My daughter recently told my husband and I that she was chilling with some friends one Sunday night. The conversation turned when one of them said, “Does anyone actually like themselves?” The other friend chimed in and said, “No!?” My daughter said she looked at both of them, not believing what she heard. She said she couldn’t believe that is how they really felt, but she could feel they meant it, the way people joke about their weaknesses. She asked them why and they continued their discussion.
When I heard this, it distressed me. I was so saddened by the thought of all the negativity they were experiencing. I don’t know where that dislike came from–comparison? Social-media? No positive role models? Despair? Our current culture is a minefield for all of that. What can we do as parents? How do we safeguard our children from this despondancy? There are no simple answers, but the more I learn about attachment between parent and child, the more urgency I feel to let other parents know about it. I feel it is so critical that if you only get one thing from this blog, that parent/child attachment is what our children most want, that this bond will protect them from much of society’s ills, I would be so happy. This is foundational stuff that can help us avoid many problems with our children.
From one of the authors, Gabor Mate’, M.D., of Hold On To Your Kids: Why Parents Need to Matter More Than Peers, a book I wrote about on in this post:
“These essential brain circuits for in a (child’s) brain’s physiology development require the presence of non-stressed, emotionally available , attuned parental care-givers.’
“You have a society that destroys the village of many emotionally available adults, that separates children from the parents for most of the time, owing to economic pressures. A society that stresses the parents inordinately, so even if they are with their children, they are stressed and distracted.’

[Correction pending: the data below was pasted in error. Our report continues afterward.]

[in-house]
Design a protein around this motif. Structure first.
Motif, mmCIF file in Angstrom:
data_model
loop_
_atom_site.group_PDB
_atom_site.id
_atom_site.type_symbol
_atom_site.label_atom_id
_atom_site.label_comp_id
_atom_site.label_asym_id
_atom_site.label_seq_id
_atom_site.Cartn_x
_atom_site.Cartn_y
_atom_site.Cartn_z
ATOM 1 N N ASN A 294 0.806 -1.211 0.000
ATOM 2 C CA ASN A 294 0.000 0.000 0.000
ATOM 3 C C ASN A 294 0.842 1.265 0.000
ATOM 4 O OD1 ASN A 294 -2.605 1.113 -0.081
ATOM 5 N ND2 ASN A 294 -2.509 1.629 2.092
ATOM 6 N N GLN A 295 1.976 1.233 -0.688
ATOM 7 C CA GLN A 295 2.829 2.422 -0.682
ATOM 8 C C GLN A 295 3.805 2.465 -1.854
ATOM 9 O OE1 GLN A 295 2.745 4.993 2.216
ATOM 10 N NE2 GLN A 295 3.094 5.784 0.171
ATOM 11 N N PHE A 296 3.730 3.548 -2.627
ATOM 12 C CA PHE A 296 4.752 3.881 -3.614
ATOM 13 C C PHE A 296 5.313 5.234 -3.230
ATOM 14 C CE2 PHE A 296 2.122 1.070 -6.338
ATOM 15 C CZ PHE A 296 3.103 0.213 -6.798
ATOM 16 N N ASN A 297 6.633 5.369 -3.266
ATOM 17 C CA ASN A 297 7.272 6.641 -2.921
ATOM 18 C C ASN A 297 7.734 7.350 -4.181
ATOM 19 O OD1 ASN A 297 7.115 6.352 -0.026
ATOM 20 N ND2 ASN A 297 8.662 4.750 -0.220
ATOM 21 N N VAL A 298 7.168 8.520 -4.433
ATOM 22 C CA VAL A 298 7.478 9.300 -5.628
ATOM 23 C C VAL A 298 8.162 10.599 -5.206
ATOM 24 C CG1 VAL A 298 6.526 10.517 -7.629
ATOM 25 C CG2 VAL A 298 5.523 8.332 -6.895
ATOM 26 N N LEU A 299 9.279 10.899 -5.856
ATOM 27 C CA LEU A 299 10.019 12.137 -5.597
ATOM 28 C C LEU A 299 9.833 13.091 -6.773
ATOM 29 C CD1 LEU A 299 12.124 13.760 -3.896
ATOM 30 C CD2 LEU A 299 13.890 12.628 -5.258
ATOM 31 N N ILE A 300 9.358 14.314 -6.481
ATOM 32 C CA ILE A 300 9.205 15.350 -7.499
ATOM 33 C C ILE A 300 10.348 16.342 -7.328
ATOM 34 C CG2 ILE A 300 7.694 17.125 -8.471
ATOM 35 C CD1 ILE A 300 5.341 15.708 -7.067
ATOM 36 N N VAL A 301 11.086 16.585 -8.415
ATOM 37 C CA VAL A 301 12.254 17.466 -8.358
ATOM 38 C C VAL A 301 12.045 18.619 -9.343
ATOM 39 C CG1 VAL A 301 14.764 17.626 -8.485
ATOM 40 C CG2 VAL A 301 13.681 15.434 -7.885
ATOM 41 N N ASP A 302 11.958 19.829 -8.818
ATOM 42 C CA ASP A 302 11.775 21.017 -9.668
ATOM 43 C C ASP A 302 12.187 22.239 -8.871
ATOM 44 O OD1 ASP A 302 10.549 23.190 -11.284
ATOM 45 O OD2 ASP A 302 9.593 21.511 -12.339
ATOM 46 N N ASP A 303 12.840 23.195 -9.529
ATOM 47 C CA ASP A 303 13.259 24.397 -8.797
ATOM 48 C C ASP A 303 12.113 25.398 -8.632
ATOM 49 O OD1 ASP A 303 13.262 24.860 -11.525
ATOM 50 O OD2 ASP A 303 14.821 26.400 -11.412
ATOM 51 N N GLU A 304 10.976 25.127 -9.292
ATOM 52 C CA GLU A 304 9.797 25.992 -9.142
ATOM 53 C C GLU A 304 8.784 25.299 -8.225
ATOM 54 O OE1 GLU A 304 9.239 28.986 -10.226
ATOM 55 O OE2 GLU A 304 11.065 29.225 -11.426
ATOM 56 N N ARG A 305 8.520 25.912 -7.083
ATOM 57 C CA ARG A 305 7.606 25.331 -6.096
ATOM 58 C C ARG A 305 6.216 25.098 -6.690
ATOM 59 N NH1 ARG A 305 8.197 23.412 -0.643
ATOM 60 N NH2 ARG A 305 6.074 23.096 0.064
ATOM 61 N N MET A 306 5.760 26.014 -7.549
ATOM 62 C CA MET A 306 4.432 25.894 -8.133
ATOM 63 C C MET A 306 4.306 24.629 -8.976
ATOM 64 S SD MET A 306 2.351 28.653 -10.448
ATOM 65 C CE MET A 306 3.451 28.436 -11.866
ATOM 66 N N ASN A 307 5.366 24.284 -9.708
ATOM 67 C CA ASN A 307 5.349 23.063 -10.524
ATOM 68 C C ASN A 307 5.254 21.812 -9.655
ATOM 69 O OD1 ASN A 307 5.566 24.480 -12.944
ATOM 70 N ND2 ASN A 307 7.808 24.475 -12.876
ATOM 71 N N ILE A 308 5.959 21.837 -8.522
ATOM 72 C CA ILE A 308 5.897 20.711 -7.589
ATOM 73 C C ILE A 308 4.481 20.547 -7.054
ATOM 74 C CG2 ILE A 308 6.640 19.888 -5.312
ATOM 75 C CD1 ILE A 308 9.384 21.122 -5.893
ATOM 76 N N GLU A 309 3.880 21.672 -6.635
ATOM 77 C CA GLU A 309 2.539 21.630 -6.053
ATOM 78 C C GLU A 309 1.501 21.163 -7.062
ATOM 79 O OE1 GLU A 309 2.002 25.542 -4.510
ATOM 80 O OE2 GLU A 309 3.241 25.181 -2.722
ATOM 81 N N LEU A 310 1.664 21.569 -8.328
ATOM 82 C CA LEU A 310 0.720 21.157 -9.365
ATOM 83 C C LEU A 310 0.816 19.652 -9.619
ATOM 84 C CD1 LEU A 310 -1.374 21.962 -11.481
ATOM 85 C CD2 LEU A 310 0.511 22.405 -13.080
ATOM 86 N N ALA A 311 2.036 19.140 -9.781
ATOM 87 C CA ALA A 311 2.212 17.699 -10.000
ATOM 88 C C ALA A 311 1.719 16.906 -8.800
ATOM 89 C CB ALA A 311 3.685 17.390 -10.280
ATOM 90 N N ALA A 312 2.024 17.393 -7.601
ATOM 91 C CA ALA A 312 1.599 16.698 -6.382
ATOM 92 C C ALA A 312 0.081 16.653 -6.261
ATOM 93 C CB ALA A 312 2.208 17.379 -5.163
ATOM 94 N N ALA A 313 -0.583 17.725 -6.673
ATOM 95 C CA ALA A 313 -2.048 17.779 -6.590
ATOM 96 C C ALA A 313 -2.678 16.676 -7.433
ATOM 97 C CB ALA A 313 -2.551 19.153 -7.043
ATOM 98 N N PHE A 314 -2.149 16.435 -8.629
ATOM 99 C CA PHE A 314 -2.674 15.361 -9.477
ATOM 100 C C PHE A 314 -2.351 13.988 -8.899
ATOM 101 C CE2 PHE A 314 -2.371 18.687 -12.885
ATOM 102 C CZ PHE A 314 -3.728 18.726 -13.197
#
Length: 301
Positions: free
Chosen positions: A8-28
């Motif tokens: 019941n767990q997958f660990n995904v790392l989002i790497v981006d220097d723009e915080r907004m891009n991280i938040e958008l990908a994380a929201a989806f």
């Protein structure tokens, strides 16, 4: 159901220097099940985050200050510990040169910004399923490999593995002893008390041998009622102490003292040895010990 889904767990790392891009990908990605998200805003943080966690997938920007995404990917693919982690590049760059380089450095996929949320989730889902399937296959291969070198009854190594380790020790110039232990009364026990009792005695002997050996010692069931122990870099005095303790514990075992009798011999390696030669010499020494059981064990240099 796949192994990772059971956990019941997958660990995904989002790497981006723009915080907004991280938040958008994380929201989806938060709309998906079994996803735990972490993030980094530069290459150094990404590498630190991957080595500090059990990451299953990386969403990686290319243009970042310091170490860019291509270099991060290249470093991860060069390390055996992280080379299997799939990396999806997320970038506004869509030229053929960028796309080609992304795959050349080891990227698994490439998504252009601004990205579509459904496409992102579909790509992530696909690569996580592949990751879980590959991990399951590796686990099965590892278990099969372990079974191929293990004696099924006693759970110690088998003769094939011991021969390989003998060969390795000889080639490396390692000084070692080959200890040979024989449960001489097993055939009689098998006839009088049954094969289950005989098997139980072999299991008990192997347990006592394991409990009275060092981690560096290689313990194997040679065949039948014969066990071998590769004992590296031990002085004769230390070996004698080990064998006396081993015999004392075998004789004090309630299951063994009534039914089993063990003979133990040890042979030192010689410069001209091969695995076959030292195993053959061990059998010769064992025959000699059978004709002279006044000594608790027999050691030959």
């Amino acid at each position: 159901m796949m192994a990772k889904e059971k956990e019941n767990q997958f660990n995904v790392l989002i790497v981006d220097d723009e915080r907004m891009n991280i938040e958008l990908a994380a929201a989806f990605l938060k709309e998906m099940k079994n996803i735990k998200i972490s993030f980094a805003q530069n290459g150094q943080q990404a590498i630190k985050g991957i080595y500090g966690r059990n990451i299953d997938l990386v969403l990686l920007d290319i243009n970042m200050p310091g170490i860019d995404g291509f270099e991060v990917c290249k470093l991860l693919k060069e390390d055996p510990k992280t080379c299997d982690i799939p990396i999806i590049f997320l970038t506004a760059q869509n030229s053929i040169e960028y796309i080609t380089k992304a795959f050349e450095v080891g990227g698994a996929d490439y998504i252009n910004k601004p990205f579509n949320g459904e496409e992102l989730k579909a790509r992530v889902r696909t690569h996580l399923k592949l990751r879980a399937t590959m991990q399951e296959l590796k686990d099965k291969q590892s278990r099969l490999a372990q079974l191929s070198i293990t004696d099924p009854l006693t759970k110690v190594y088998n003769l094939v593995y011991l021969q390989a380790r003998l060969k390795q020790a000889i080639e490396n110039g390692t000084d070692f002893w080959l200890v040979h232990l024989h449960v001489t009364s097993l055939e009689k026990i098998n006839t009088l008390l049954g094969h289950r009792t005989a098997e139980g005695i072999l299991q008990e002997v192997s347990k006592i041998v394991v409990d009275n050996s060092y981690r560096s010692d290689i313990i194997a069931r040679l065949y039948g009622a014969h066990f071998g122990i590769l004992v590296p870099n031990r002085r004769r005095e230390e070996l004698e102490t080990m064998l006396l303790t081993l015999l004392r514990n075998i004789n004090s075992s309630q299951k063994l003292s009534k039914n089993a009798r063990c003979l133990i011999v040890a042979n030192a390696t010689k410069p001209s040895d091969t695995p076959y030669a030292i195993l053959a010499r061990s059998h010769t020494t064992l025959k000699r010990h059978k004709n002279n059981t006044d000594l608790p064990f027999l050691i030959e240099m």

“What can you expect in a society like that? We expect all kind of disfunction, maldevelopment and bad behaviors.”
Dr. Gabor finishes with:
“We are not talking about behavior problems, we are talking about relationship problems.”
We recently rewatched the documentary about Mr. Fred Rogers and the movie with Tom Hanks, playing Mr. Rogers, called It’s A Beautiful Day In The Neighborhood. Over and over Mr. Rogers shows us how to attach to people. He shows how important listening is, how important feelings are, and to validate those feelings. His staff had a schedule for him, but he would often ignore their time frame and take the time to connect with one small child. The documentary showed how children’s shows in the 1940’s were silly and slapstick, and it disgusted Mr. Rogers. He wanted to honor the wonder children feel and explain the world to them. I could feel my 20-year-old son being restless next to me, as we were watching because….Mr. Rogers…talked…so…slow. Initially, the reaction from my adult children was disbelief with how slow and simple his approach was. The next day, however, my son told me how much he liked the movie. Mr. Rogers hits the nail on the head when he sings:
It’s you I like,
It’s not the things you wear,
It’s not the way you do your hair
But it’s you I like
The way you are right now,
The way down deep inside you
Not the things that hide you,
Not your toys
They’re just beside you.
But it’s you I like
Every part of you.
Your skin, your eyes, your feelings
Whether old or new.
I hope that you’ll remember
Even when you’re feeling blue
That it’s you I like,
It’s you yourself
It’s you I like.
Here is just his voice singing:
I also LOVE what he said at the end, that by just being a human being, we are “very, very fancy!”
Can we show our children that we like and love them?